While I was in grad school, I worked in a coffee shop. I often enjoyed an expired pastry and a hot cup of coffee as my meal. Go ahead…judge me.
Working outside of the confines of seminary kept me grounded, though.The ivory towers from which I peered onto the ground below came crashing down in the middle of a real-life conversation with a broken co-worker. Hard-line black-and-white issues revealed themselves in deep shades of gray when shared in 5-minute breaks between customers on a busy Friday morning rush. The lessons I learned making lattes, serving customers, and building relationships with coworkers marked me then, and continues to do so today.
8 Leadership Lessons I Learned from Working in a Coffee Shop
1. Hard work never hurt anyone.
Going to class was stimulating for my mind. But being on my feet, doing physical work was good for my soul. Laugh all you want, but standing on your feet for 10 hours is exhausting, considering that includes hauling new products, gallons of milk, cleaning up spills, toting massive trash bags, leading coffee seminars, etc. Doing physical labor left me feeling like I’d actually accomplished something for the day. Listening to a lecture rarely did.
2. People want to be led…not “told” what to do.
I was a manager, and quickly learned this truth. It’s astonishing how many people like to micromanage…but how few people enjoy being micromanaged. Leading my coworkers to understand the “why” before the “what” propelled me relationally further than demanding obedience ever did. I started out demanding obedience, because those types of expectations were placed on me. When I translated those to other team members, I realized that demanding and micromanaging weren’t a viable long-term solution.
3. People want to feel like they’re on a team.
Whether that’s through inside jokes, shared experiences, or similar goals…nobody wants to be alone. Nobody. The quicker I incorporated “team members,” and not just followers, the quicker my leadership “worked.” The same is true whether you’re serving lattes or leading people into a growing relationship with Jesus.
4. People and textbooks are not the same thing.
Textbooks make sweeping black-and-white statements that translate well in the classroom. Working in a coffee shop, though, I realized that regurgitating those slickly-worded, catchy phrases did very little to build relationships. And without relationships, truth matters very little.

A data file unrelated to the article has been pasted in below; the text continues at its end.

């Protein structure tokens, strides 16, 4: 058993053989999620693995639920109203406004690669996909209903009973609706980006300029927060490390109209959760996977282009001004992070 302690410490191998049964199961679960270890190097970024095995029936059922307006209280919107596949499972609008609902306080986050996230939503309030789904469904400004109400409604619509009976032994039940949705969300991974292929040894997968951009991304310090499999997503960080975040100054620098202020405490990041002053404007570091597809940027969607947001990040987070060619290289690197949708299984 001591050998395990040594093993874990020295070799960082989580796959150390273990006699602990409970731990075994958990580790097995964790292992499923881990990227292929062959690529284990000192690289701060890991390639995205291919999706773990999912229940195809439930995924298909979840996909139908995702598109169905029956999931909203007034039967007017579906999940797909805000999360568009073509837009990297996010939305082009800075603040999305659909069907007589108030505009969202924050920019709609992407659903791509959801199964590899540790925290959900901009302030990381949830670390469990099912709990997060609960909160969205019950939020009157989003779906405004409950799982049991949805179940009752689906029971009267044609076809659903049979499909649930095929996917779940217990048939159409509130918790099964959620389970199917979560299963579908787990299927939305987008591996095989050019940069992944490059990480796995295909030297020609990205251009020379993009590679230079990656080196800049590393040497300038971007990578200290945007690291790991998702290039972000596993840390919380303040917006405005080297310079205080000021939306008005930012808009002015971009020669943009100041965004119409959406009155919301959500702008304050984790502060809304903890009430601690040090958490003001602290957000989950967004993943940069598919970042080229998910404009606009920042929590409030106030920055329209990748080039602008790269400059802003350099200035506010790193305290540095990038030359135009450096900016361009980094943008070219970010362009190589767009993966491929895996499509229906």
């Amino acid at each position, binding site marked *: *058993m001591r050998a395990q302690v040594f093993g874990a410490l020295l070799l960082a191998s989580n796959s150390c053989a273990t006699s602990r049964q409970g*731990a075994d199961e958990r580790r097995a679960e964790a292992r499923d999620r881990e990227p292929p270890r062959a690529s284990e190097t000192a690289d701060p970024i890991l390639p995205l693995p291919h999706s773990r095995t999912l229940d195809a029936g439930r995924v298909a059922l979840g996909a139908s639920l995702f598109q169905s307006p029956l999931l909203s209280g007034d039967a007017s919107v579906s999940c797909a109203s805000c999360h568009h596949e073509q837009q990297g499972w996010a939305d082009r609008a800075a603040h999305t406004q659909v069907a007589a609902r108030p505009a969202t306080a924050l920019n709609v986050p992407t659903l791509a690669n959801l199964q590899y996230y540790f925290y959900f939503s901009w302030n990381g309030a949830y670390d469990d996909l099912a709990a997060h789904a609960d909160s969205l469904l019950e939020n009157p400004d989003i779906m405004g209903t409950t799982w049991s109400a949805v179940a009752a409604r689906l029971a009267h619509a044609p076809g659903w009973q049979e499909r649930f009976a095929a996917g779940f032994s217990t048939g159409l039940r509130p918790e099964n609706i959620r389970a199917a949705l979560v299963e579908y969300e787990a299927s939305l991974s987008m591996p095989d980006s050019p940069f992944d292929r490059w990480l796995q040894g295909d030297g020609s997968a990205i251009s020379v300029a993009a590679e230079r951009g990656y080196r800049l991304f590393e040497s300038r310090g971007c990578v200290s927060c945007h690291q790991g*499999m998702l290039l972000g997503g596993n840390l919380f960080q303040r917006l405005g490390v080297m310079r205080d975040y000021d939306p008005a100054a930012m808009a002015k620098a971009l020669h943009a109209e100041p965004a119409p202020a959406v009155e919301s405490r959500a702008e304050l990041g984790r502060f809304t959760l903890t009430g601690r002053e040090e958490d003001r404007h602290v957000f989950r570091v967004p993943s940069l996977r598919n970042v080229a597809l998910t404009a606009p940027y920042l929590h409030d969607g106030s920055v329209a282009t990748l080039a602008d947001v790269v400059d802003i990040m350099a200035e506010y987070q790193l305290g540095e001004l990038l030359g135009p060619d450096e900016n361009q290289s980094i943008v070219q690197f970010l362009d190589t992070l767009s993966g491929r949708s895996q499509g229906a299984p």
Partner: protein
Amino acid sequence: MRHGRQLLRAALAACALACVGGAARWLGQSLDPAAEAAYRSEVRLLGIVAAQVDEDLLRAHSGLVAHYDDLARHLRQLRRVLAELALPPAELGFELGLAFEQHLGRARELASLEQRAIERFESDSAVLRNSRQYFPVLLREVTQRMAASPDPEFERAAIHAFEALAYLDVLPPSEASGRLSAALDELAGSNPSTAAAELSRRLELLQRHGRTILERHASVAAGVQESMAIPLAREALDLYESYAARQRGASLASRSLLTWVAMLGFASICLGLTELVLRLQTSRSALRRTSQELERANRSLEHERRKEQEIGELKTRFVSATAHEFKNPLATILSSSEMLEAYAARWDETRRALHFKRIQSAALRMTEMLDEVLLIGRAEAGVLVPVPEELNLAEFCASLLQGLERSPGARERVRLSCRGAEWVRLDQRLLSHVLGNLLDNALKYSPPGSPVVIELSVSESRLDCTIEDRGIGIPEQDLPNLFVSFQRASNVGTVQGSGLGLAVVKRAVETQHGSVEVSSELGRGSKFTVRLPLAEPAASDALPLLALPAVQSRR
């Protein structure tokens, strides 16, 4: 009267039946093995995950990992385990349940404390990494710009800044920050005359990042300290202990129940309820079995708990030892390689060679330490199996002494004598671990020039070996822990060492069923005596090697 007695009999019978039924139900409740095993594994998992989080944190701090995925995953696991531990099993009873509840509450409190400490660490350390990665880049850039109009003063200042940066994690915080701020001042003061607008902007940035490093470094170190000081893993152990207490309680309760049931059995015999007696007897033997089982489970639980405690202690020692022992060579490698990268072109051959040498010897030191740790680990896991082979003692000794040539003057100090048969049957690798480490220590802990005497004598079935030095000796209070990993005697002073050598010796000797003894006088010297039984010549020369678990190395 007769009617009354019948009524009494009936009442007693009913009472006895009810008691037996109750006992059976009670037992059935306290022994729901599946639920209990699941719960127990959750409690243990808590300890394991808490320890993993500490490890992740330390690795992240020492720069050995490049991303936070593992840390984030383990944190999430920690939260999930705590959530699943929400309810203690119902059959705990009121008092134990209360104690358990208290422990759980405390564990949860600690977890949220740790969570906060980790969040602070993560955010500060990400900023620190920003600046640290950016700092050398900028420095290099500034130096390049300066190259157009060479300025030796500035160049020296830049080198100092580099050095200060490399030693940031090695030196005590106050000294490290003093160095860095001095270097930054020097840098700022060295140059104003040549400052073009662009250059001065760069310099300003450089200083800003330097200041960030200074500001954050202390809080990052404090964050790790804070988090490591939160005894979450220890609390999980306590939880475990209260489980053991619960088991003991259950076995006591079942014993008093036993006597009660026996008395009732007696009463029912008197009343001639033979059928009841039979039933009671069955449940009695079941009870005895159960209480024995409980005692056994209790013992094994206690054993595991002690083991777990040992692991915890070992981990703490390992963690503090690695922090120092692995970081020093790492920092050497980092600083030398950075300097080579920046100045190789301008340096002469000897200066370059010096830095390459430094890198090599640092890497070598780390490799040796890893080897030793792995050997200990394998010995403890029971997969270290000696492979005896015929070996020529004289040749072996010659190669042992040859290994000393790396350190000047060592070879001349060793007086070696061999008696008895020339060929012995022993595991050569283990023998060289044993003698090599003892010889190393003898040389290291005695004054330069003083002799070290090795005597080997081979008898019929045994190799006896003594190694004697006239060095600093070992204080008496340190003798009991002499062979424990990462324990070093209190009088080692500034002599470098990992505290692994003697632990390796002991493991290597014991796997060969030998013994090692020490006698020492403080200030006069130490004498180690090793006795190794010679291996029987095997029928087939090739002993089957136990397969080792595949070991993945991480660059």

I learned that giving people a consistently high-quality product was of high concern, building trust across a brand. Consistently producing a high-quality product builds relational capital as well. People want to know what they’re about to step in to. Offering consistency sets clear expectations up front.
It doesn’t matter how slick your Sunday morning worship services are. Nor does it matter how well-worded your mission and vision statements are crafted. If you neglect customer service, making people feel warm, welcomed, and invited…then you’ll forever have a wide-open back door. The moment you neglect “customer service” is the moment you realize that those you long to hear the Truth are the ones least likely to hear, or receive, it.
7. Everyone wants to feel like an insider
Whether it’s through new information, key relationships, or strategically partnering with others, make sure to keep people in the loop. Let them know what’s coming, that they can pitch ideas, that their voice matters, and that you care to keep them informed. If you want to recruit and maintain leaders on your team, you’ve got to do this.
8. Even the best ideas have a shelf life.
Don’t think that the way you’ve always done something is the way it should be done now. A good idea 50 years ago is likely not still a good idea. Be willing to reinvent, change directions, and kill programs for the sake of reaching more and more people.